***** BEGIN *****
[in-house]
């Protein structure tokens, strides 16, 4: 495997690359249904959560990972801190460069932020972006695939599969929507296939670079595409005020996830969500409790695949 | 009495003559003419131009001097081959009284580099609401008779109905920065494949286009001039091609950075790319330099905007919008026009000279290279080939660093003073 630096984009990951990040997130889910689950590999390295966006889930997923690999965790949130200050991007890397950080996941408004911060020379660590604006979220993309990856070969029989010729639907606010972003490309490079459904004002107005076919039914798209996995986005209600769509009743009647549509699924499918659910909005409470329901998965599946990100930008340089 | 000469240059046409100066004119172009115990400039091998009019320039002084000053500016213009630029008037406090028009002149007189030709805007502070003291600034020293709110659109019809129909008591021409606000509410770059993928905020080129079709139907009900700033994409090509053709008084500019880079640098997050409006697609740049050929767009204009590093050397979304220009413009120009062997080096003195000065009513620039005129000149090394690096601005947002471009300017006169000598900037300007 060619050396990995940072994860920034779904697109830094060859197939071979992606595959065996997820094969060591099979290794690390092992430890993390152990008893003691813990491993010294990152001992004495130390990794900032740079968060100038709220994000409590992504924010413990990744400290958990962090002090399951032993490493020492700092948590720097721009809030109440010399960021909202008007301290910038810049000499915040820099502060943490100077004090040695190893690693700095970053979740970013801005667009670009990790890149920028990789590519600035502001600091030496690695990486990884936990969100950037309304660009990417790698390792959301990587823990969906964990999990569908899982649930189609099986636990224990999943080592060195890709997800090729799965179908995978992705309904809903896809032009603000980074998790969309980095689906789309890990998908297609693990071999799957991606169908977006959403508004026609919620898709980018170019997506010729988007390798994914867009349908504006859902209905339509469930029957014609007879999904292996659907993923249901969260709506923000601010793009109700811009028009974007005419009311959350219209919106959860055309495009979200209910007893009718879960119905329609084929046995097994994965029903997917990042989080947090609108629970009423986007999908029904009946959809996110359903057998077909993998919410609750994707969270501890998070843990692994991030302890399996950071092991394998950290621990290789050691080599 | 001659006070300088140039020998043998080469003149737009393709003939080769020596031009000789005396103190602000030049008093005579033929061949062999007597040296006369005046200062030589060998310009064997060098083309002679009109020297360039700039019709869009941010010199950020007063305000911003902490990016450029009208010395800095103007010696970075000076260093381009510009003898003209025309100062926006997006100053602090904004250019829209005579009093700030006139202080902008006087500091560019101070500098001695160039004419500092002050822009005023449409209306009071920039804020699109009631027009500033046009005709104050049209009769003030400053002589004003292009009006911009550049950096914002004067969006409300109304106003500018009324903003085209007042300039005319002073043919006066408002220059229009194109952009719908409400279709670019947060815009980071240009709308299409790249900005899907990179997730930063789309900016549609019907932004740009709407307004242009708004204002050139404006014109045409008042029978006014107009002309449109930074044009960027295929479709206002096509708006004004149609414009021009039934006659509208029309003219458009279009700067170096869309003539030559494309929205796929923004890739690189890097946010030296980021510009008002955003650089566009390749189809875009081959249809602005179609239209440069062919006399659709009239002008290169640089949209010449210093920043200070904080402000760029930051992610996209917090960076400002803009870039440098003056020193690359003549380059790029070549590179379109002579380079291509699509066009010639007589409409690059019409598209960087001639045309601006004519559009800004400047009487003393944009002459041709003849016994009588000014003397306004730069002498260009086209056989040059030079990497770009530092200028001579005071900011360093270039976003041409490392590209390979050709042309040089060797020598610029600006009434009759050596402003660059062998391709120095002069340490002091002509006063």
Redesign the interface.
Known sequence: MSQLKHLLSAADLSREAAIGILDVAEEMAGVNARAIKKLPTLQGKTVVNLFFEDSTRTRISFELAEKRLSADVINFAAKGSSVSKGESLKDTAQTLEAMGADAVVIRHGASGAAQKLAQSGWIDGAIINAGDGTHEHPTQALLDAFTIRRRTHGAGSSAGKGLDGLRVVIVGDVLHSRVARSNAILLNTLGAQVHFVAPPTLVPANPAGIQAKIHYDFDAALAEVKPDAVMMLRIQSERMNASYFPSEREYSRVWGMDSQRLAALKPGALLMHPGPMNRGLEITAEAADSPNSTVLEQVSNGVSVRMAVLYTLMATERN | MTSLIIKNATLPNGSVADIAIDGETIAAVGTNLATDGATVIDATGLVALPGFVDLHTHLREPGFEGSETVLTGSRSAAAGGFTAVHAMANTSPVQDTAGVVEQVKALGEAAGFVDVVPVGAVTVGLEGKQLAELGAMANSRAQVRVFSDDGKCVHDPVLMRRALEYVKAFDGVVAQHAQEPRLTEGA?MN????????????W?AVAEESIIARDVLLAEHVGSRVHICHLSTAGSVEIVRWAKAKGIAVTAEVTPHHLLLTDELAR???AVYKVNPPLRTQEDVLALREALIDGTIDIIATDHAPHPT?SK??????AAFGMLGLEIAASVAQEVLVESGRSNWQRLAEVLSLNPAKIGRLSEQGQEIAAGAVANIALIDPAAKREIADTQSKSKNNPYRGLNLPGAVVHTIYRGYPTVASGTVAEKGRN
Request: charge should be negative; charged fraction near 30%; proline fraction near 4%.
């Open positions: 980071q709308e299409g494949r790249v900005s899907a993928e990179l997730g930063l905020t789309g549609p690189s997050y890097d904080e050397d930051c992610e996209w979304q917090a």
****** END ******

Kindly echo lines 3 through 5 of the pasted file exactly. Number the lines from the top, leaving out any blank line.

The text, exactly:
Redesign the interface.
Known sequence: MSQLKHLLSAADLSREAAIGILDVAEEMAGVNARAIKKLPTLQGKTVVNLFFEDSTRTRISFELAEKRLSADVINFAAKGSSVSKGESLKDTAQTLEAMGADAVVIRHGASGAAQKLAQSGWIDGAIINAGDGTHEHPTQALLDAFTIRRRTHGAGSSAGKGLDGLRVVIVGDVLHSRVARSNAILLNTLGAQVHFVAPPTLVPANPAGIQAKIHYDFDAALAEVKPDAVMMLRIQSERMNASYFPSEREYSRVWGMDSQRLAALKPGALLMHPGPMNRGLEITAEAADSPNSTVLEQVSNGVSVRMAVLYTLMATERN | MTSLIIKNATLPNGSVADIAIDGETIAAVGTNLATDGATVIDATGLVALPGFVDLHTHLREPGFEGSETVLTGSRSAAAGGFTAVHAMANTSPVQDTAGVVEQVKALGEAAGFVDVVPVGAVTVGLEGKQLAELGAMANSRAQVRVFSDDGKCVHDPVLMRRALEYVKAFDGVVAQHAQEPRLTEGA?MN????????????W?AVAEESIIARDVLLAEHVGSRVHICHLSTAGSVEIVRWAKAKGIAVTAEVTPHHLLLTDELAR???AVYKVNPPLRTQEDVLALREALIDGTIDIIATDHAPHPT?SK??????AAFGMLGLEIAASVAQEVLVESGRSNWQRLAEVLSLNPAKIGRLSEQGQEIAAGAVANIALIDPAAKREIADTQSKSKNNPYRGLNLPGAVVHTIYRGYPTVASGTVAEKGRN
Request: charge should be negative; charged fraction near 30%; proline fraction near 4%.